Workaway in the UK – volunteering on home soil

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If you’ve been here before then you’ll already know and if you’re a noob to drunkenpom then you’ll soon understand that I am a massive advocate for Workaway. So far on my travels I have volunteered in Thailand, Malaysia, Cambodia and India. So why on earth wouldn’t I indulge in a little Workaway in the UK?

If you think you would like to spare a little time to help someone else but not sure which volunteering platform would suit you best then read this article that compares the most popular volunteering platforms available.

(I recommend Workaway)

If you’re not sure what to expect while volunteering in the UK then read on and I hope this article will give you a little taste of what its all about.

Why volunteer in the UK?

Why not!?

For me personally, there’s plenty of reasons to spend a little time volunteering. 

  •  Help someone else with your skills
  • Meet new people
  • Get to try new things
  • Have a base to explore a new area
  • Gain inside info on an area from a “local”
  • Be part of a team

Although all of the above bullet points are true, this time the main reason was much more practical than all of that. The weather!

You’re probably thinking: How does the weather dictate when is a good time to go volunteering?

Well. In this circumstance after traveling Asia for nine months me and Agne decided to have a change of travel style.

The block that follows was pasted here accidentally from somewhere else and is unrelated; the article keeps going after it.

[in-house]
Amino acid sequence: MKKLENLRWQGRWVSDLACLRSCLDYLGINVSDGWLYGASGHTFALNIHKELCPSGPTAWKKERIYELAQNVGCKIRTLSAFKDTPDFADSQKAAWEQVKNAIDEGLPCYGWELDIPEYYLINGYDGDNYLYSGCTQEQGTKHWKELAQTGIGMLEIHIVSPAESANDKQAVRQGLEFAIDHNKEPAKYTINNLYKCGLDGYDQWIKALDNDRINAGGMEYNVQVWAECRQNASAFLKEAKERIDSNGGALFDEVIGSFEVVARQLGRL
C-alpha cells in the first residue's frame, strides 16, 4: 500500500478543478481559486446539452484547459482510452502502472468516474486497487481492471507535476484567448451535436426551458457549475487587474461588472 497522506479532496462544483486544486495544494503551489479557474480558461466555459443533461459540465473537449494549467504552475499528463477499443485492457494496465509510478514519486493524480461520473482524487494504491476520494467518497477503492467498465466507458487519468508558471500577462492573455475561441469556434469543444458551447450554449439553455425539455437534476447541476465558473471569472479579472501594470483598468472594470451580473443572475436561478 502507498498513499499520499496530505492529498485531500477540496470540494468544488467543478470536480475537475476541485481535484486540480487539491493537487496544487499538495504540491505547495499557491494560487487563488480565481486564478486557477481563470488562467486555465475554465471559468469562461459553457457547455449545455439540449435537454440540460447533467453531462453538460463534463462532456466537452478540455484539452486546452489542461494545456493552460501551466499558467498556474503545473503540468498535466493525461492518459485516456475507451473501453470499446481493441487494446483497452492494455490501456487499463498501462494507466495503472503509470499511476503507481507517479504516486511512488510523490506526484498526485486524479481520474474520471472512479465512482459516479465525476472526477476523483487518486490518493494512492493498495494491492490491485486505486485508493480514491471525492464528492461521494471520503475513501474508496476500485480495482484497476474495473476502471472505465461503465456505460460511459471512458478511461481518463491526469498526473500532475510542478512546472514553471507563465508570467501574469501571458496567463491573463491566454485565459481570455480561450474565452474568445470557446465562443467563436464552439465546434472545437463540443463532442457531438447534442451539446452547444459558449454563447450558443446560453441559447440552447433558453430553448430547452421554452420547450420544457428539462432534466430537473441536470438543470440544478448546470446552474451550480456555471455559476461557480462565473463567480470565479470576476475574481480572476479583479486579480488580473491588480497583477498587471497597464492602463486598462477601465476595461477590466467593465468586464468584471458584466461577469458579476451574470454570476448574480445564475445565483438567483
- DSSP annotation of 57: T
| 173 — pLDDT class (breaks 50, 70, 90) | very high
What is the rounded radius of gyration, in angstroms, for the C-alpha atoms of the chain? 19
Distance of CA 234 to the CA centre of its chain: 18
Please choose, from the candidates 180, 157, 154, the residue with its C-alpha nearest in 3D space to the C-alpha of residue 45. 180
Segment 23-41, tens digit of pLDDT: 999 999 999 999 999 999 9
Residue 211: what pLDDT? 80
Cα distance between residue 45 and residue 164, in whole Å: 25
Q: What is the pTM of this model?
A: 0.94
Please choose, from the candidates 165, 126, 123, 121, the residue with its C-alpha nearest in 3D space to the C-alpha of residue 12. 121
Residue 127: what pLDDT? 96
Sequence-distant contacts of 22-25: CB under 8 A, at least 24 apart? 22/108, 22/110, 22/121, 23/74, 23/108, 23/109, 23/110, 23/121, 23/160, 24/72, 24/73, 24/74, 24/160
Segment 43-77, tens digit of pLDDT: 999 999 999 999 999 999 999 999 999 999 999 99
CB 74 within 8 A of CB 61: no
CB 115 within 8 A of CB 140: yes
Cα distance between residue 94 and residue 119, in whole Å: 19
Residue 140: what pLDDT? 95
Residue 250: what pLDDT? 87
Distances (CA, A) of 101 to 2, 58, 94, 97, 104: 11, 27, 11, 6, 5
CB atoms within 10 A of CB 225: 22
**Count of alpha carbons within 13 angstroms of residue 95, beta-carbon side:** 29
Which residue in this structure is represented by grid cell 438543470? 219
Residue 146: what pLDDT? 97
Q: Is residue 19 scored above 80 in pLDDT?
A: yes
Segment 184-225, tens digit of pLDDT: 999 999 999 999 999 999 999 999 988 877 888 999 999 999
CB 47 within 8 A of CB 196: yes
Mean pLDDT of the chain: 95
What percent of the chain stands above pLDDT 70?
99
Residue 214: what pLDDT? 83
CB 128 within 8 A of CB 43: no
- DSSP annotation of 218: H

Long story short is that instead of backpacking around we would now be travelling by motorhome. So the plan was, Agne goes home to Lithuania to visit family for the first time in 18 months until the end of February. The seasonal jobs we had lined up started at the beginning of April.

This gave us roughly 5 weeks to explore the whole Wales coastline.

The plan was good, the Great British weather wasn’t! After 2 weeks of nothing but grey drizzle we weren’t enjoying the Wales road trip as much as we had hoped to.

With nothing but more rain on the horizon we decided instead of burning through our budget driving around in the rain we might as well burn the remaining 3 weeks doing some good while saving money.

WALES WE WILL BE BACK!!!!

So what was the opportunity?

The opportunity was located on the stunning beautiful Rame Peninsula in South West Cornwall. In all honesty, before contacting this Workaway host I had never heard of the Rame Peninsula but take it from me it is definitely a place to visit if you get chance.

the rame peninsula

The host, Sarah had a wedding venue business that she ran with her friend Jeremy. Sarah had owned the 17th century farmhouse for less than 10 years but in that time had been majorly flooded twice and each time had to rebuild.

4 years ago Sarah decided to get the old milking parlour approved as a wedding venue premises. Now the business is up and running and there’s so much to do. 

Everything from grounds maintenance, general repairs to artwork. More about what we did further down.

What actually was the work exchange?

The work exchange at the cow shed was really relaxed. Workawayers could start at anytime they wanted. As long as you worked 4-5 hours per day, any 5 days per week.

motorhome parked next to farmhouse

In exchange for this you could have one of the bedrooms in the farm house and 3 good meals a day. Pretty standard for volunteering.

We chose to stay in the motorhome. Everyone like their own bed….

What kind of jobs were we asked to do?